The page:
What is an Employee Stock Purchase Plan (ESPP) and Should You Invest through One?
If you work for a public company, you may have a worthwhile benefit called an Employee Stock Purchase Plan (ESPP). These plans are offered to all employees just like healthcare or holiday pay is applied across the board, and it might be a very smart move to funnel some money into one. An ESPP allows employees to purchase the company’s public stock through payroll deductions (after taxes) and usually at a discount to the market price. The discount varies, but usually caps out at 15%. So here’s the main question: should you invest your hard-earned paycheck into your company’s stock?
You can answer that question by asking yourself the following:
- Do I know where the company is going? Do you understand the financial outlook of the company? Is it a mature company that is not likely to see a lot of growth? Is it a growing company that is expanding rapidly but still showing losses? Do you really understand the business? Because the last thing you want is for this thing to implode Enron-style.
- Do I believe the company’s stock is fairly priced? You may work for a great company, but what if you work for a really great company, the Googles and the Apples whose stock are closely followed, traded at high volumes, and perhaps overvalued due to all of the speculation and enthusiasm? Sometimes too much enthusiasm can backfire. On the other hand, before Marissa Meyer joined Yahoo! and the stock price climbed about 70%, Yahoo! shares were significantly undervalued, at one point trading for less per share than what the value of all of Y!’s cash assets were (including its Alibaba stake). But Yahoo! wasn’t sexy then, which is exactly when an employee purchasing stock at a discount to market could have been making a very good investment.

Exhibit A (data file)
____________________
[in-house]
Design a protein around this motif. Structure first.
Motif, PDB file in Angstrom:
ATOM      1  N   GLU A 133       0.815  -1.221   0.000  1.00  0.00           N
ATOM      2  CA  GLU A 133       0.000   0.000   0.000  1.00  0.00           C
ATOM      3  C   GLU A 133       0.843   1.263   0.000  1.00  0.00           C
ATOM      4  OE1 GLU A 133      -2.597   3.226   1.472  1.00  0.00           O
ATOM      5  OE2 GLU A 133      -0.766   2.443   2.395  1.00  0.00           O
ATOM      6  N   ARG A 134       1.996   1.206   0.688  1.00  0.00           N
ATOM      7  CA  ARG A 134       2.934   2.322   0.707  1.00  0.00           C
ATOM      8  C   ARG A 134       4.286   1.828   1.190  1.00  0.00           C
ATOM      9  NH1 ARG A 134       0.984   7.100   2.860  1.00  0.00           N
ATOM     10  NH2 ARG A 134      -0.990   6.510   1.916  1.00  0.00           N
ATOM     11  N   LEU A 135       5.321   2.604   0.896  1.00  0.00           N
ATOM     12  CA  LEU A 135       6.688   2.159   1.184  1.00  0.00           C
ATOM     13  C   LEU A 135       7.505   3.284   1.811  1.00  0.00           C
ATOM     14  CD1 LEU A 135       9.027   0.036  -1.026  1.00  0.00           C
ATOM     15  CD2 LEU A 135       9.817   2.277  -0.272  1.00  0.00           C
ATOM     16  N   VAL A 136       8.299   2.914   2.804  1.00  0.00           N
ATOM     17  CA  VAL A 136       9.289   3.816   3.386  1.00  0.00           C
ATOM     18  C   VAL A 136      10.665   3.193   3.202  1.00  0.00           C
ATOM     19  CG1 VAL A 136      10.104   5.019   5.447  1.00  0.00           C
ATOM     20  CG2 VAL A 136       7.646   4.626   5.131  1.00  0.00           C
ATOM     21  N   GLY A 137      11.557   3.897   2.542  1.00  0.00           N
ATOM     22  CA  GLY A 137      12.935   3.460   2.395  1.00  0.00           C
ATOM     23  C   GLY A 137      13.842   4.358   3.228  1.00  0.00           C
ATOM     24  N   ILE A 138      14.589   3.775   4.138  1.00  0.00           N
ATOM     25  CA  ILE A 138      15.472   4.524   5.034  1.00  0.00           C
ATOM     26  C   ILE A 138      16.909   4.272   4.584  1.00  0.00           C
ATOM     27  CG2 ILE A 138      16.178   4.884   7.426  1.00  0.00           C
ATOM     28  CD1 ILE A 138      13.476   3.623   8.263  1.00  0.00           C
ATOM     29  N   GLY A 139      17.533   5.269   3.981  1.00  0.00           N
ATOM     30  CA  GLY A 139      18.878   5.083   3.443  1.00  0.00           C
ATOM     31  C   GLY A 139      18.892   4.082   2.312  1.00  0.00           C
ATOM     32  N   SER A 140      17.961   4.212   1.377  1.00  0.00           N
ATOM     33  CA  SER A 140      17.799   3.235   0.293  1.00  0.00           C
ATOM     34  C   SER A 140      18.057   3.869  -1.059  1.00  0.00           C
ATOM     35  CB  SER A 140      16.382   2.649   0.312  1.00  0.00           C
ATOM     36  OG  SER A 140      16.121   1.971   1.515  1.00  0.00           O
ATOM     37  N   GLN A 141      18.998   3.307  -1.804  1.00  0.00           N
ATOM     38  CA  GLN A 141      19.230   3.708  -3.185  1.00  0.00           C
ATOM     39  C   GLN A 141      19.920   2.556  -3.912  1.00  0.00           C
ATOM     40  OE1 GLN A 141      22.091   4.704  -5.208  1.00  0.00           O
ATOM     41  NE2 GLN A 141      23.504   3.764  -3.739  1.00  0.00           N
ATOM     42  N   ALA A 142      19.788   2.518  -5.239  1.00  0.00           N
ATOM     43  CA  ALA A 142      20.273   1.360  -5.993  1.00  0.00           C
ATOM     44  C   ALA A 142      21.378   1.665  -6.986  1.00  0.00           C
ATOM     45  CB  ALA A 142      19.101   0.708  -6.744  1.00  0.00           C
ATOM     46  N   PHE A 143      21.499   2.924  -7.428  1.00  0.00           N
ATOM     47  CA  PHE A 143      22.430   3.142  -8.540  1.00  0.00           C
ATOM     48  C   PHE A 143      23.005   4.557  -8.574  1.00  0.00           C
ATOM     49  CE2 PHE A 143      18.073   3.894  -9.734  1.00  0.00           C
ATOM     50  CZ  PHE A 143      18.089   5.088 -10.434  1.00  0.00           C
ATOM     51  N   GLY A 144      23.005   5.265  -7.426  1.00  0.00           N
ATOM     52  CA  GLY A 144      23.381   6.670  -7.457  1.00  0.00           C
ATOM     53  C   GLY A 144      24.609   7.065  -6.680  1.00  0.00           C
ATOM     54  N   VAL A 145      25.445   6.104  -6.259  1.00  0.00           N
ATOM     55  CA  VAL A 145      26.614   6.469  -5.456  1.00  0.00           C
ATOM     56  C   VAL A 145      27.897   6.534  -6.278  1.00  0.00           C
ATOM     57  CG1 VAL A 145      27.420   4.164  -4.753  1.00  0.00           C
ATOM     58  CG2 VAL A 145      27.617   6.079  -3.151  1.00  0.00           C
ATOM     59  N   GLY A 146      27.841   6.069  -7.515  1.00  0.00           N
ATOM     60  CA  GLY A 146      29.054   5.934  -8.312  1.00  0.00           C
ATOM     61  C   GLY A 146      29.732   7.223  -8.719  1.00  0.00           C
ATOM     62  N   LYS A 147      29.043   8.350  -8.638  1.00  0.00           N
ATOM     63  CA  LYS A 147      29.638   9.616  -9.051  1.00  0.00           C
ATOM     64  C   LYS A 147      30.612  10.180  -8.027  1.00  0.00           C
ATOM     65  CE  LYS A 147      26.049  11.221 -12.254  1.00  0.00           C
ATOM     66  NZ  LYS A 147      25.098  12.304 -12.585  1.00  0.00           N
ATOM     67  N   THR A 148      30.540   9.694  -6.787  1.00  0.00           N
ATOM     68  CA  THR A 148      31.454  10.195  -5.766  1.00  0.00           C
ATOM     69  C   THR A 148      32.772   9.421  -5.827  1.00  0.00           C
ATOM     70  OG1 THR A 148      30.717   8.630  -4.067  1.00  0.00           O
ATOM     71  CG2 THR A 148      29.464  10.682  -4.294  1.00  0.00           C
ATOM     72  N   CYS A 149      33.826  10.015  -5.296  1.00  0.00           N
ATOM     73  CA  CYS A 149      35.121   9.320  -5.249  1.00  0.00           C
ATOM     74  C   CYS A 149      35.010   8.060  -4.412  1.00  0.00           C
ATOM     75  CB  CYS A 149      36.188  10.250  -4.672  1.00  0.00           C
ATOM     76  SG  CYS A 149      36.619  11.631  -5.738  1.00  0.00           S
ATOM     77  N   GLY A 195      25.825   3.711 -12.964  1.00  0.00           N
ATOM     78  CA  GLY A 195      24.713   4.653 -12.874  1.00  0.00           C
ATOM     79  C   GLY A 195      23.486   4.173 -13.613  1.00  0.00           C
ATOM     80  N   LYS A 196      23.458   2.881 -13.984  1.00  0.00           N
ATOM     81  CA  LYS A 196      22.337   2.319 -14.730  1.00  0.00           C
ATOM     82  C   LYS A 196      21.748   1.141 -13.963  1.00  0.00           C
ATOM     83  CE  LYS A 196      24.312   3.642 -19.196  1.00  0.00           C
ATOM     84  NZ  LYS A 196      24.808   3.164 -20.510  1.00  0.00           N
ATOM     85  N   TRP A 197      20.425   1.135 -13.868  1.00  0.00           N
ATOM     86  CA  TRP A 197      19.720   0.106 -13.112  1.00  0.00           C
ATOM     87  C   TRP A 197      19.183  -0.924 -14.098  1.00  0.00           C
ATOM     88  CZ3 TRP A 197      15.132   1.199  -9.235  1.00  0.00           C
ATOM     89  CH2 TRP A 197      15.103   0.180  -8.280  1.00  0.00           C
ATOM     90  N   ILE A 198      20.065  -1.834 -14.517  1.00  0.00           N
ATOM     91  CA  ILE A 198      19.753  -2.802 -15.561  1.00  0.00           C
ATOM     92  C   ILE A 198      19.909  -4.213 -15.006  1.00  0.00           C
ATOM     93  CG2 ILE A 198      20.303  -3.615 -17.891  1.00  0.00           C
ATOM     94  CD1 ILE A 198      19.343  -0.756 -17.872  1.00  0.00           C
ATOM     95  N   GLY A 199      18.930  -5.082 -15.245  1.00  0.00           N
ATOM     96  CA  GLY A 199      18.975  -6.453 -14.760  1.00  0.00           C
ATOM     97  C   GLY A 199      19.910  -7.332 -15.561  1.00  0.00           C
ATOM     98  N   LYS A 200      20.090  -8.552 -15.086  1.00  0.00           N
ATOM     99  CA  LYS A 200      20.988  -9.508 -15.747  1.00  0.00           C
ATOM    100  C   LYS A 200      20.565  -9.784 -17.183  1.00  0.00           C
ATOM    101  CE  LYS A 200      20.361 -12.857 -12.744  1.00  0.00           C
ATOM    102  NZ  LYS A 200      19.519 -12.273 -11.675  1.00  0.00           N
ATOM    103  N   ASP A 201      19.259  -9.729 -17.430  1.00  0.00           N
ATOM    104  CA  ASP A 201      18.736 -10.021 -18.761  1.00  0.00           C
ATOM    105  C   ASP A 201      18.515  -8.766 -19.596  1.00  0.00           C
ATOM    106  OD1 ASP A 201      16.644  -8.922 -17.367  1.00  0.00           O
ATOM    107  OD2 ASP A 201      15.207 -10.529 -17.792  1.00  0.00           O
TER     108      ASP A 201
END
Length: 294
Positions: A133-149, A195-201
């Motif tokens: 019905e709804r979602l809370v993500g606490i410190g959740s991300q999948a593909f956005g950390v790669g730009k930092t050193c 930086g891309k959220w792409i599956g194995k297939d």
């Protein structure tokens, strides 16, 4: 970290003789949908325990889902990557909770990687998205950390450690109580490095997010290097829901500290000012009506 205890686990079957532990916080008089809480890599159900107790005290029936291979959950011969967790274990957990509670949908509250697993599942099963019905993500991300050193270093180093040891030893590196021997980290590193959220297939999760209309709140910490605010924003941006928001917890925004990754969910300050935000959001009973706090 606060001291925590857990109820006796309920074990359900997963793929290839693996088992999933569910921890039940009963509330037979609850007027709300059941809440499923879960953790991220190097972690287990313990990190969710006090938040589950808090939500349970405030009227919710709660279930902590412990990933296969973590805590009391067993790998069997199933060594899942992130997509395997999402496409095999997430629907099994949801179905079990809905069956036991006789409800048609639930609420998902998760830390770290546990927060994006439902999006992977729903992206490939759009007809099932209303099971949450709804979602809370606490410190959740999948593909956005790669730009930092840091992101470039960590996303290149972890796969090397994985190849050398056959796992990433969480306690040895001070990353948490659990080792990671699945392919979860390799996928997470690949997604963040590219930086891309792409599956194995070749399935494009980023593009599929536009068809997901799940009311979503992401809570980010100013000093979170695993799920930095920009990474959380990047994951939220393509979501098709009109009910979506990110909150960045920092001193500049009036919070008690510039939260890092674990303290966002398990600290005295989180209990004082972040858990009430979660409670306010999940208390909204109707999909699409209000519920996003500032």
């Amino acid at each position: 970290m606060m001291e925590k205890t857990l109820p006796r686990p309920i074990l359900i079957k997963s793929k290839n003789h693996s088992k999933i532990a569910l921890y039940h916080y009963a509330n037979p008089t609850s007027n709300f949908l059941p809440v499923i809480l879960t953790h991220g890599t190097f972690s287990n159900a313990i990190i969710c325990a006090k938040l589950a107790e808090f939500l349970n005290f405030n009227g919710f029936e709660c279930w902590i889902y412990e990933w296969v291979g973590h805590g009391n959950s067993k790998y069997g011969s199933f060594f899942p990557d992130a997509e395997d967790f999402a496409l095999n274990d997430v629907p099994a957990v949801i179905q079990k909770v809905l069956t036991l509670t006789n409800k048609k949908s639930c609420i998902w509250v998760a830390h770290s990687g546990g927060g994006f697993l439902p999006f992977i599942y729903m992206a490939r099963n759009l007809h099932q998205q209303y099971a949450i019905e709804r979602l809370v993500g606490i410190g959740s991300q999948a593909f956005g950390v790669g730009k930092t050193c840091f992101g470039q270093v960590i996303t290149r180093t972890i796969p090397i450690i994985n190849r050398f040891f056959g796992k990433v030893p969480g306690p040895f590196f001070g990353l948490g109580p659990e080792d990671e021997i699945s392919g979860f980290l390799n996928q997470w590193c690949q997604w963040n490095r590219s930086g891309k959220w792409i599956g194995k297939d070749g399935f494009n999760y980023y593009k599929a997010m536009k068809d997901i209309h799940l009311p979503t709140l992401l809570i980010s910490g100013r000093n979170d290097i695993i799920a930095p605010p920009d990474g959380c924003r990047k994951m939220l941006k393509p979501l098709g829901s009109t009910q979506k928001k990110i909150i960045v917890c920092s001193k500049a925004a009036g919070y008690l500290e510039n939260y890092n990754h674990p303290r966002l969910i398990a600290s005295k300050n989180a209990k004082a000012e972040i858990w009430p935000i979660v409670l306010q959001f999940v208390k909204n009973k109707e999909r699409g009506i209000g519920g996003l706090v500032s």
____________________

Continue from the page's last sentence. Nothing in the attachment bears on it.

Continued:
- Would I purchase stock on my own without the ESPP? Would you? Would you take the time to buy shares on your own, without the discount? Remember, just because it’s on sale doesn’t mean you have to buy it.
- Have you calculated the cost and benefit? For example, let’s say your company’s shares trade at $10/share. You set aside $1000 from your paycheck to purchase shares. On the open market, you would have received 100 shares, but thanks to your $8.50 share price, you can purchase 117 shares and have a few bucks left over to buy a Coffee Bean Ice Blended Hazelnut drink (or a margarita at happy hour). Or you can decided to just buy those original 100 shares for $850 instead of $1000. When it comes time to sell those shares, here’s an easy reference on how the proceeds get taxed.
ESPPs are a great way to start investing, especially if you understand your company and its prospects for growth. If you work for a blue chip company, the ESPP may simply be a nice way to invest in a solid stock at a discount to the market. There are usually not that many rules attached to when you can sell these shares since you are paying for them with your own payroll deductions, so maybe there are even some short-term opportunities to make money (but your company may not encourage that!).
Have you ever invested through an ESPP? Did you get really, really rich? Tell me about it!